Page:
US 1886913 A
Description (OCR text may contain errors)
Nov. 8 1932. w. F. SILL ET AL AUTOMOBILE BUMPER VEN TOE:
Filed Feb. 24', 1950 K L. e M m 6. o Fl T M 0% $0 Mm m Patented Nov. 8, 1932 UNITED STATES PATENT OFFICE WILLIAI I. SILL, ST. LOUIS, AND CARL W. ZPIIPPIN, OF PINE LAWN, MISSOURI AUTOMOBILE BUMPERi Application filed February 24, 1930. Serial No. 430,712.
This invention relates to automobile bumpers, and more particularly to a pneumatic automobile bumper.
The object of this invention is to provide an automobile bumper that will prevent metal to metal contact when one automobile comes into contact with another.
Another object of this invention is to mitigate the force of the shock of one automobile striking another, and to prevent the transmission of said force of the shock to the chassis or working parts of the automobile.
A still further object of this invention is to. provide a practical and durable pneumatic automobile bumper that can be made at relatively low cost and may be easily adapted to automobiles of various makes and types.
Other and further objects and advantages of this invention will be apparent-from the specification, claims and drawing, in which:
Fig. 1 is a plan view of our improved bumper viewed from above.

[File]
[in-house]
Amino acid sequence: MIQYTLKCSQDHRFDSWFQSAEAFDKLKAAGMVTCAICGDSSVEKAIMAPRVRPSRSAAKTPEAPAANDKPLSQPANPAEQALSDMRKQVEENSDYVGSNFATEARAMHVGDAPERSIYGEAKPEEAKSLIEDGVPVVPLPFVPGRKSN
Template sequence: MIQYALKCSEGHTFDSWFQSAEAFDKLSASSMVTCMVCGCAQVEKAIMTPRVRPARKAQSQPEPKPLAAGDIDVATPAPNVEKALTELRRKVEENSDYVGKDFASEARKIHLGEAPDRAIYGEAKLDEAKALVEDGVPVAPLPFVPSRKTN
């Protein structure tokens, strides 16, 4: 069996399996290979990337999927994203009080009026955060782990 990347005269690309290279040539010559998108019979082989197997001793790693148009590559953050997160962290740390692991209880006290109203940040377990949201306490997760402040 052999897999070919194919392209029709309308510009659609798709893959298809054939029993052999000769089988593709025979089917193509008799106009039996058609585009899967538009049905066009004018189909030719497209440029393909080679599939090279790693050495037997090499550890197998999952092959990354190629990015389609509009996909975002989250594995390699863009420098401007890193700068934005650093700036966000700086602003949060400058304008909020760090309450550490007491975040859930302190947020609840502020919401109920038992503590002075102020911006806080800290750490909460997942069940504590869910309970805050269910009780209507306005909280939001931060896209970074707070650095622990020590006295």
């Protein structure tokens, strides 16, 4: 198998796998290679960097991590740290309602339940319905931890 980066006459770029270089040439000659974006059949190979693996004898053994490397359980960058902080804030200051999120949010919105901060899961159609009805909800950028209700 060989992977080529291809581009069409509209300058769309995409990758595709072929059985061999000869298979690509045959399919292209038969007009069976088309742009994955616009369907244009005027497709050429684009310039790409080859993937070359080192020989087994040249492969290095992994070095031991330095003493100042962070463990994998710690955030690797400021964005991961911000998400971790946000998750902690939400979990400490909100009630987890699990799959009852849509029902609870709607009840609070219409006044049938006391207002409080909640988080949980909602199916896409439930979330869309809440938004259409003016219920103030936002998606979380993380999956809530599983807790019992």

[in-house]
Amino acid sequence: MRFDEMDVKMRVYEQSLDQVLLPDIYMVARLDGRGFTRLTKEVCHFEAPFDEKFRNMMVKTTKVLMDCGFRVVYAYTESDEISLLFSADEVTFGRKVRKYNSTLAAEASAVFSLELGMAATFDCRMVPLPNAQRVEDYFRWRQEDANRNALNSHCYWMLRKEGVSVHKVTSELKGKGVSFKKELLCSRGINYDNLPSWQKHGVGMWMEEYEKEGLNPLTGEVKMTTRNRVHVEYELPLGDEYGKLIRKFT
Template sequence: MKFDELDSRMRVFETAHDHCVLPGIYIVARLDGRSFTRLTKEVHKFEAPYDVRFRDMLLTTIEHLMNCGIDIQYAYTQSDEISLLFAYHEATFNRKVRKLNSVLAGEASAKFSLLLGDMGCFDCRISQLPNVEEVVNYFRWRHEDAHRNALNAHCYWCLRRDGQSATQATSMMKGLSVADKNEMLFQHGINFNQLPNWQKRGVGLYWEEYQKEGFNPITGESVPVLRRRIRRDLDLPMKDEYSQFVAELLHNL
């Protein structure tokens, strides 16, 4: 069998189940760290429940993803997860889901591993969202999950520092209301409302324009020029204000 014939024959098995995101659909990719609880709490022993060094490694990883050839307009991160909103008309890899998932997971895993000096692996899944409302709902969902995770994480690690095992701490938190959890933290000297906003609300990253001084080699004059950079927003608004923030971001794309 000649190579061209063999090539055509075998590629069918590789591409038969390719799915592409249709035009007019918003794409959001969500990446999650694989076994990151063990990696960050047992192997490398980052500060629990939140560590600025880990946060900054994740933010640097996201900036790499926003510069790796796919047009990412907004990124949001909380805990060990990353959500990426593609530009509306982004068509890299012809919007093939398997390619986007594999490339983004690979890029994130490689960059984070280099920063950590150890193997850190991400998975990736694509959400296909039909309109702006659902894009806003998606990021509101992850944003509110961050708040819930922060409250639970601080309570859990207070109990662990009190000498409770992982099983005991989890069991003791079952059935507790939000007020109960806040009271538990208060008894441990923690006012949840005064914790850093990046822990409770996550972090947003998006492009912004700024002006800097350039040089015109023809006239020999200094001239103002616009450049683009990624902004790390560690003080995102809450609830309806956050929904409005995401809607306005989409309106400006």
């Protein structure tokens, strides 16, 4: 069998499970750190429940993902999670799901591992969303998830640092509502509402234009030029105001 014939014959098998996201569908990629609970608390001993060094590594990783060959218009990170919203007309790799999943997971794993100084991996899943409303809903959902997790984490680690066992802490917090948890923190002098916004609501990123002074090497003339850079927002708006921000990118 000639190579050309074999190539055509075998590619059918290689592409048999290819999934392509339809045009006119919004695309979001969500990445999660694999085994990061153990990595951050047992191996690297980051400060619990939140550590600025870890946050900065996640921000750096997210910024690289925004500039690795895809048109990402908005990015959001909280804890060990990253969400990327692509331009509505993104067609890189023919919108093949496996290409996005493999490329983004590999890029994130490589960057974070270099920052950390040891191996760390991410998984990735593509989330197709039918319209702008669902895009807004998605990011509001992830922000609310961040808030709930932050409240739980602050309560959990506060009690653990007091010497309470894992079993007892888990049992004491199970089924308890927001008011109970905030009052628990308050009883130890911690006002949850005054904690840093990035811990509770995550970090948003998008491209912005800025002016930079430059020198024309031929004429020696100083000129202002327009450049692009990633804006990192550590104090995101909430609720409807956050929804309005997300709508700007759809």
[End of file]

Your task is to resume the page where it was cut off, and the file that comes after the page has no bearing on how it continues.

Fig. 2 is a longitudinal cross-section of one end of the bumper.
' Fig. 3 is a cross-section alongthe line 3-3 in Fig. 1.
' Fig. 4 is a cross-section along the line 44 in Fig. 1. v
F 5 is a plan view, viewed from the top, of a fiiumperette, or small bumper, to be -at-' tached to the rear end of an automobile.
The present practice among automobile manufacturers is to provide'bumpers made only of metal, some ojfwhich are resiliently supported by springs, while others are of a more solid and non resilient construction. The ob'ection to these classes of bumpers is that w en one automobile strikes another,
there is always a metal to metal contact thatv results in theunarring of the paint, if indeed a more serious damage does not result. v
The object of this invention is to make it impomible to have a-metal to metal contact, hence we have provided an outer casing 1 which may be made of rubber orrubber and fabric, in't'he same'-*manner that the outer casing of "an automobile tire is constructed.
While we have shown the outer wall 2 of the casin 1 to be of uniform thickness, we wish it inctly understoodthat the forward outer wall may be provided with great er thickness; in other Words, a tread may be provided as in the case of the automobile tire casing.
The ends 3 of the casing 1 are preferably made of solid rubber to form a more secure fastening for the bolts 4 which hold the dais ing firmly attached to a metal back 5, which in turn is riveted at 6 to a spring 7 which is bolted to the sideframe of the automobile chassis.